How Hot Will Canada Get?
The last three years have been the hottest on record, according to Reuters, with 2017 being the most expensive in terms of severe weather events. In California, firefighters are still working to put out the largest fire in the state’s history. 2018 will likely be the fourth-hottest year on record. In Canada, over 70 people have died from deadly heat waves already this year. Global warming is likely to blame, and according to the New York Times, the new normal of hot isn’t here yet; temperatures will likely continue to rise in the years to come.
In Canada, heat records have been broken in the following cities:
- Saint John
- Toronto, and more
So just how hot will Canada become?
In a country notoriously known for snow and cold, it’s astounding so many heat waves have hit the country just this year alone. In the Northwest Territories, temperatures are rising faster than almost anywhere on Earth. According to scientists, there will likely be more droughts which could lead to more hard-to-control fires, and much hotter and more common extremes in weather. Hotter winters might sound nice to some, but could actually lead to an ecological disaster: Killing trees that depend on the cold to kill bugs that act as their predators. Wildfire season starts sooner than it used to already, and that could be pushed up even further. Spruce, pine, and aspen trees could die off. Salmon and herring catches will decline.
The global impact, of course, stretches far beyond Canada, and affects far more than just wildlife. People living in already-hot locations will likely seek refuge in cooler climates. Deaths from heat-related events may increase if people are not prepared.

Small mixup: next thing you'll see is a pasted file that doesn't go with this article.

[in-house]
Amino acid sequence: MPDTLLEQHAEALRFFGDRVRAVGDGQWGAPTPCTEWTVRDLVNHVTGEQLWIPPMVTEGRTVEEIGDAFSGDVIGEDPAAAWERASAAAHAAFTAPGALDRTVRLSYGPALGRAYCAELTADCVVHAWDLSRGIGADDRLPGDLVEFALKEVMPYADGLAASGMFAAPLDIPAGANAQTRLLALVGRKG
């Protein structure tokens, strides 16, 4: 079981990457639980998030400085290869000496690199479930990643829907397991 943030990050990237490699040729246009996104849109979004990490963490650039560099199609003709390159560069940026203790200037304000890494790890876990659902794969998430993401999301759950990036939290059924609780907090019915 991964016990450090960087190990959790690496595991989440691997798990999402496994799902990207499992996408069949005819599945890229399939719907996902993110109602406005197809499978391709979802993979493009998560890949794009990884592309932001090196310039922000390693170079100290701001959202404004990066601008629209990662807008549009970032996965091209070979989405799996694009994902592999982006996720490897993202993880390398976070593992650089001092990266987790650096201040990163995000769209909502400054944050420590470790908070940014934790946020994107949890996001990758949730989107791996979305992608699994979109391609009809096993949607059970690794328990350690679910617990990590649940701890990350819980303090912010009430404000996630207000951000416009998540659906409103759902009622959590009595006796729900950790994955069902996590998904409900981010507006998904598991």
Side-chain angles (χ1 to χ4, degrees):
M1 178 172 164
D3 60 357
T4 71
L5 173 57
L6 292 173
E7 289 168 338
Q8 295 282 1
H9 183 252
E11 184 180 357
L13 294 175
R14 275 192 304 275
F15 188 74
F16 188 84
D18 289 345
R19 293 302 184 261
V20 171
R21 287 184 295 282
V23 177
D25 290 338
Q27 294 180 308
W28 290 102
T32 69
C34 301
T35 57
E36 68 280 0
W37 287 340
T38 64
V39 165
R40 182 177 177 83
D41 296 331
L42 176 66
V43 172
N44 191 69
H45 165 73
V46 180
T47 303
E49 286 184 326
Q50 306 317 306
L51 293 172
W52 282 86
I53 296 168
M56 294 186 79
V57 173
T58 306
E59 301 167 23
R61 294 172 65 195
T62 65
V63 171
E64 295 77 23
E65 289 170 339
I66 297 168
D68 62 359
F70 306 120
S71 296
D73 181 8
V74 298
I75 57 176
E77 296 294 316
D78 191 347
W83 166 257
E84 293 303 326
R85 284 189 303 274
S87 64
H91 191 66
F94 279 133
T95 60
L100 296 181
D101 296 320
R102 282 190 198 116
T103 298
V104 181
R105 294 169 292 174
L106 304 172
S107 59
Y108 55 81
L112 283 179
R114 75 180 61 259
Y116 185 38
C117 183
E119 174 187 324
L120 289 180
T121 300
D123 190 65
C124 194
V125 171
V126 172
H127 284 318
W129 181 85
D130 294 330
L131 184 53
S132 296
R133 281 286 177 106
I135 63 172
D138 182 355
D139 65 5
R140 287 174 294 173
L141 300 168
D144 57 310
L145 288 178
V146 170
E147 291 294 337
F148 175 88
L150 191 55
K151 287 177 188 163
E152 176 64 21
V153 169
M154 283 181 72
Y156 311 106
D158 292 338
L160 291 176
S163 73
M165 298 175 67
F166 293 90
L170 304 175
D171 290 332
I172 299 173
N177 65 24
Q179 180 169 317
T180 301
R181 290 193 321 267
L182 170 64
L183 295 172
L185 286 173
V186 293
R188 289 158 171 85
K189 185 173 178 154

It’s unlikely we can stop global warming at this point, but there are ways you can help slow it down.
And in the event you find yourself caught in a heat wave…
- Get A/C – it’s becoming non-negotiable even in Canada. If you don’t have A/C, spend some time in a public building that does
- Take advantage of pools or lakes, or simply take a cold bath – especially if you don’t have A/C
- Stay hydrated, with water
- Recognize signs of heat-related illness
- Headaches from dehydration, severe fatigue, flushed skin, and your body’s inability to sweat are all signs you need to seek cooler temperatures and medical attention immediately
- Young children and the elderly are more at risk for heat-related illnesses and need to be monitored carefully in the heat
Canada’s temperatures will continue to climb over the years. Staying safe during heat events is a necessary skill all Canadians need to learn, and doing our part to slow down global warming is essential.
DKI Canada is committed to being the most green restoration company in the country.
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